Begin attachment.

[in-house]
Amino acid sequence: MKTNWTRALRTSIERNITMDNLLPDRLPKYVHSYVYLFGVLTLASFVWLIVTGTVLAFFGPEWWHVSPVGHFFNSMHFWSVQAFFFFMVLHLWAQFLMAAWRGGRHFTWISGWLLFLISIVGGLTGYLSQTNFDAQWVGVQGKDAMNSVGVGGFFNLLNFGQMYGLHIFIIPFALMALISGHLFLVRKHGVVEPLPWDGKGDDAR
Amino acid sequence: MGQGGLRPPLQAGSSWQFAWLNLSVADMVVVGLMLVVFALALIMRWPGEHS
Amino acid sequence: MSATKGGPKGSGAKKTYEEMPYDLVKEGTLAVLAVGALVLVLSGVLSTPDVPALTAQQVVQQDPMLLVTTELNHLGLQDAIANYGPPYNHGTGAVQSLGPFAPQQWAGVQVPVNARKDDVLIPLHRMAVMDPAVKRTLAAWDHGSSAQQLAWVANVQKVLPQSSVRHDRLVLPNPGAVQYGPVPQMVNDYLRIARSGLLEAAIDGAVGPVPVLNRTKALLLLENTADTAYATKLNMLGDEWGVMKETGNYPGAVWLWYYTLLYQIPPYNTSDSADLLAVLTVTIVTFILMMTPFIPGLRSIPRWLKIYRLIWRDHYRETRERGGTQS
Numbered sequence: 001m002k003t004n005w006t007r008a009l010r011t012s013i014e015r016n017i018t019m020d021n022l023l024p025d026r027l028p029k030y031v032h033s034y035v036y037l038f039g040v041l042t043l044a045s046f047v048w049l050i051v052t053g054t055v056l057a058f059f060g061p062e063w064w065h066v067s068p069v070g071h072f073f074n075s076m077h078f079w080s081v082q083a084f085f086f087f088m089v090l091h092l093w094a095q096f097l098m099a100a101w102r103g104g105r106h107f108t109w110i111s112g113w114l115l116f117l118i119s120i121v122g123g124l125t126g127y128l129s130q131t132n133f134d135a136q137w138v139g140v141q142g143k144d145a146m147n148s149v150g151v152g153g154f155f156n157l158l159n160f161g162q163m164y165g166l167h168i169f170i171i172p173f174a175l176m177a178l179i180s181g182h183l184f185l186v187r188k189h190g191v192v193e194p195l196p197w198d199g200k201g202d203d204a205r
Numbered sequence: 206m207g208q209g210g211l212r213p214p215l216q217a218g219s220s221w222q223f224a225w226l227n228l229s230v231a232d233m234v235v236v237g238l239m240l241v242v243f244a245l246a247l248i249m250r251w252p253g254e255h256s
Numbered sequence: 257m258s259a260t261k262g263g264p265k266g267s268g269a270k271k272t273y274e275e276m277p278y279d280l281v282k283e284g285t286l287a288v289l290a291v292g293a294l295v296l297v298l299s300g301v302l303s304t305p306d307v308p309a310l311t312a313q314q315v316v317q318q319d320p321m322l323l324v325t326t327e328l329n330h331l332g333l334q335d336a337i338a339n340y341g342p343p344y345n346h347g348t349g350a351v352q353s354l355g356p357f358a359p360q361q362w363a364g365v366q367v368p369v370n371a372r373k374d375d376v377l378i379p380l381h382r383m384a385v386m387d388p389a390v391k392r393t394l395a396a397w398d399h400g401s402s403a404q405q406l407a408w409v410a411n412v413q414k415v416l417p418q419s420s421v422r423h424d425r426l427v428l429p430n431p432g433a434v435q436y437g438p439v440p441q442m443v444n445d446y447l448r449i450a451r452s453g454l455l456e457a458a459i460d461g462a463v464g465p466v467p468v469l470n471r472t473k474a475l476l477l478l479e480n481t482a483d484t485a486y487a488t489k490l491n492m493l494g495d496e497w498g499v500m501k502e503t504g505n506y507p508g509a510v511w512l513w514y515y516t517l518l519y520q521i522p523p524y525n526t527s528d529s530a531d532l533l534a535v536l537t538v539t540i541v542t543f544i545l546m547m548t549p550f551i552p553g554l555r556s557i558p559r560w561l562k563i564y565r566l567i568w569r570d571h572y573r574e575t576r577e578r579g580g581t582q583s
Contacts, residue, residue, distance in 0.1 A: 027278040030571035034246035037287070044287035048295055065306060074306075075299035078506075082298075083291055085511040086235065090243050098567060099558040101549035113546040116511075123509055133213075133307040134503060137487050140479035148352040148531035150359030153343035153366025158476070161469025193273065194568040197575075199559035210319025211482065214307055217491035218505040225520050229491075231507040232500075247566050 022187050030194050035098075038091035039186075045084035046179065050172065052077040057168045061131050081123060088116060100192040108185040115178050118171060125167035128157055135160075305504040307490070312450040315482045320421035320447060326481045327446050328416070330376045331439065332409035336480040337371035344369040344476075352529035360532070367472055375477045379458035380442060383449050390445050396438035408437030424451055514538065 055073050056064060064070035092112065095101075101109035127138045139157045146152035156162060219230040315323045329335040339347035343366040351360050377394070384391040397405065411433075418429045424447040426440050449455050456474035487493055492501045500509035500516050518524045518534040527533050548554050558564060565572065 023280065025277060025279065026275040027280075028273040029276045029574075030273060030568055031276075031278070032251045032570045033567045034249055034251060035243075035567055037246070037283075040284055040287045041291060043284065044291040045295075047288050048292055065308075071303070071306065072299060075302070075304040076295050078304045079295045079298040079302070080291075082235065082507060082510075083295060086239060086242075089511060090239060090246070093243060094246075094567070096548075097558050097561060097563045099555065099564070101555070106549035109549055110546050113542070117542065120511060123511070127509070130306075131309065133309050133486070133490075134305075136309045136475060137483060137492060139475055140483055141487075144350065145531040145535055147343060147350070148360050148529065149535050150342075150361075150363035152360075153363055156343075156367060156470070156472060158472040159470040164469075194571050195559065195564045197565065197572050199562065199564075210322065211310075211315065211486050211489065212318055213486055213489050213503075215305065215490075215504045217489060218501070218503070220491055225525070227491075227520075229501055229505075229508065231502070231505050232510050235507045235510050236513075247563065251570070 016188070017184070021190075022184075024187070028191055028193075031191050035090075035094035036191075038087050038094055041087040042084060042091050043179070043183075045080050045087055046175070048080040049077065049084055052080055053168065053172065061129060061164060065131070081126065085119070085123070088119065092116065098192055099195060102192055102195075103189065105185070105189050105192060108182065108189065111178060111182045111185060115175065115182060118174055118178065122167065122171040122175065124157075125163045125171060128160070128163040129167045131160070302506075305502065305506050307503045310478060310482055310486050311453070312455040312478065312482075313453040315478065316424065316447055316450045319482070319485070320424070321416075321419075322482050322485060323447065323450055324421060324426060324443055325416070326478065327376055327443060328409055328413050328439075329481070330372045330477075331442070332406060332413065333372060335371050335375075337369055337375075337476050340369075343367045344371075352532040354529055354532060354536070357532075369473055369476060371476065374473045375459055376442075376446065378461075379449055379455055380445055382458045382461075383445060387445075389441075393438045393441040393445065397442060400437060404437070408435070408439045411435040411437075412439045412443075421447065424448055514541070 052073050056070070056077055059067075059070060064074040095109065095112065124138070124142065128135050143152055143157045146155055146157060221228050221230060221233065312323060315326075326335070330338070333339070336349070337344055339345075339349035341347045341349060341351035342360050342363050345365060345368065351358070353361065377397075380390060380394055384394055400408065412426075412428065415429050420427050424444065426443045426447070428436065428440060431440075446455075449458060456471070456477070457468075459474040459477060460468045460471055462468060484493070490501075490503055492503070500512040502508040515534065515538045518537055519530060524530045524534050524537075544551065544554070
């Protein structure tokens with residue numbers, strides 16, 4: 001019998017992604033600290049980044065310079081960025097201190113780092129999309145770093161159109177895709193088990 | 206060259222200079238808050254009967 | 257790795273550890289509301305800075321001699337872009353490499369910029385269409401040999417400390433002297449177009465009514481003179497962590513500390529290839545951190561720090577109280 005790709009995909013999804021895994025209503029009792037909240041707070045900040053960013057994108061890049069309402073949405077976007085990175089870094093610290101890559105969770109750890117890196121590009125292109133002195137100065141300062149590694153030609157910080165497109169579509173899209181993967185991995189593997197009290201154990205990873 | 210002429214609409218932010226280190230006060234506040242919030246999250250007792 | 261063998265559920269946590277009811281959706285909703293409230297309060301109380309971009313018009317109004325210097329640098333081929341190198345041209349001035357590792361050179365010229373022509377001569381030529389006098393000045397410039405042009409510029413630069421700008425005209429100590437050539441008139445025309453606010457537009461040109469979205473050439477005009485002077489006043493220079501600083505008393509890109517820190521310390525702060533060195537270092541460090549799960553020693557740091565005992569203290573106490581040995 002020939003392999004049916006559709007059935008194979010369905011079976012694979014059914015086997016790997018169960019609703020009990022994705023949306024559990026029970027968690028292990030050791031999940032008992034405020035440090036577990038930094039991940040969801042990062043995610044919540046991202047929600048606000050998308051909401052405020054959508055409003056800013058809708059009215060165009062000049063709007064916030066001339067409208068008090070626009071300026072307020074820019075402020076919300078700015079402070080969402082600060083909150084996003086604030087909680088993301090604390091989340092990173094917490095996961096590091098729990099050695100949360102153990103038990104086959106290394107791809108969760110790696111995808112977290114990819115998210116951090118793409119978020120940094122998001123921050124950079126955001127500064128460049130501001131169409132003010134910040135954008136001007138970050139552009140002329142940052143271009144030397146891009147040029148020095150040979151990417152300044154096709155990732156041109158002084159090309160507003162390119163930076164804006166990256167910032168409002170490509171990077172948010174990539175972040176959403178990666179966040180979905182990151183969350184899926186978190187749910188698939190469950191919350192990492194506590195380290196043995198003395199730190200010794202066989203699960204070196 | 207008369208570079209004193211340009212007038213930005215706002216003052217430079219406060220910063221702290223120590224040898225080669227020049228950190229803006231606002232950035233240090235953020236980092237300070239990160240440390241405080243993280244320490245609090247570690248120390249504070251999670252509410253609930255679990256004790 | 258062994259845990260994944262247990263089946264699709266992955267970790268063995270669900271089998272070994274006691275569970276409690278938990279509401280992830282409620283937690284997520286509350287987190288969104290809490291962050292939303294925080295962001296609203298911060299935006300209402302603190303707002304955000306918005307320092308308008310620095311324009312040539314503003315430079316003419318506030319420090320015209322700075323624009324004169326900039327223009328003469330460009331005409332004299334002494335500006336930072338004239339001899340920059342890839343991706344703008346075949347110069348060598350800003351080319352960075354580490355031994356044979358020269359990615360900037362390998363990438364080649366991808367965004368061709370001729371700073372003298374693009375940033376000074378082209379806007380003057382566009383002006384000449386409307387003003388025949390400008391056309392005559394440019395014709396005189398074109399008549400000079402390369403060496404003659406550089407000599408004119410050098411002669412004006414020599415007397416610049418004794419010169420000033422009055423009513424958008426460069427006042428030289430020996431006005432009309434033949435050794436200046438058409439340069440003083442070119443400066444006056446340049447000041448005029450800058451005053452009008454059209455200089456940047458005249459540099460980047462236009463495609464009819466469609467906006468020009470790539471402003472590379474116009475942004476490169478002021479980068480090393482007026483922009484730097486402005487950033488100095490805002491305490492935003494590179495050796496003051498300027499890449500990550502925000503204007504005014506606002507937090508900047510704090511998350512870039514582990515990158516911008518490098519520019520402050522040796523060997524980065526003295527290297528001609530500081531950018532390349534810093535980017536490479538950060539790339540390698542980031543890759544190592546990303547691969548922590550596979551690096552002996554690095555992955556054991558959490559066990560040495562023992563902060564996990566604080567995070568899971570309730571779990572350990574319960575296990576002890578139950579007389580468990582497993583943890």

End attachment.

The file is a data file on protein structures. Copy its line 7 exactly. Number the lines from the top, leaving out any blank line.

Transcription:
Numbered sequence: 257m258s259a260t261k262g263g264p265k266g267s268g269a270k271k272t273y274e275e276m277p278y279d280l281v282k283e284g285t286l287a288v289l290a291v292g293a294l295v296l297v298l299s300g301v302l303s304t305p306d307v308p309a310l311t312a313q314q315v316v317q318q319d320p321m322l323l324v325t326t327e328l329n330h331l332g333l334q335d336a337i338a339n340y341g342p343p344y345n346h347g348t349g350a351v352q353s354l355g356p357f358a359p360q361q362w363a364g365v366q367v368p369v370n371a372r373k374d375d376v377l378i379p380l381h382r383m384a385v386m387d388p389a390v391k392r393t394l395a396a397w398d399h400g401s402s403a404q405q406l407a408w409v410a411n412v413q414k415v416l417p418q419s420s421v422r423h424d425r426l427v428l429p430n431p432g433a434v435q436y437g438p439v440p441q442m443v444n445d446y447l448r449i450a451r452s453g454l455l456e457a458a459i460d461g462a463v464g465p466v467p468v469l470n471r472t473k474a475l476l477l478l479e480n481t482a483d484t485a486y487a488t489k490l491n492m493l494g495d496e497w498g499v500m501k502e503t504g505n506y507p508g509a510v511w512l513w514y515y516t517l518l519y520q521i522p523p524y525n526t527s528d529s530a531d532l533l534a535v536l537t538v539t540i541v542t543f544i545l546m547m548t549p550f551i552p553g554l555r556s557i558p559r560w561l562k563i564y565r566l567i568w569r570d571h572y573r574e575t576r577e578r579g580g581t582q583s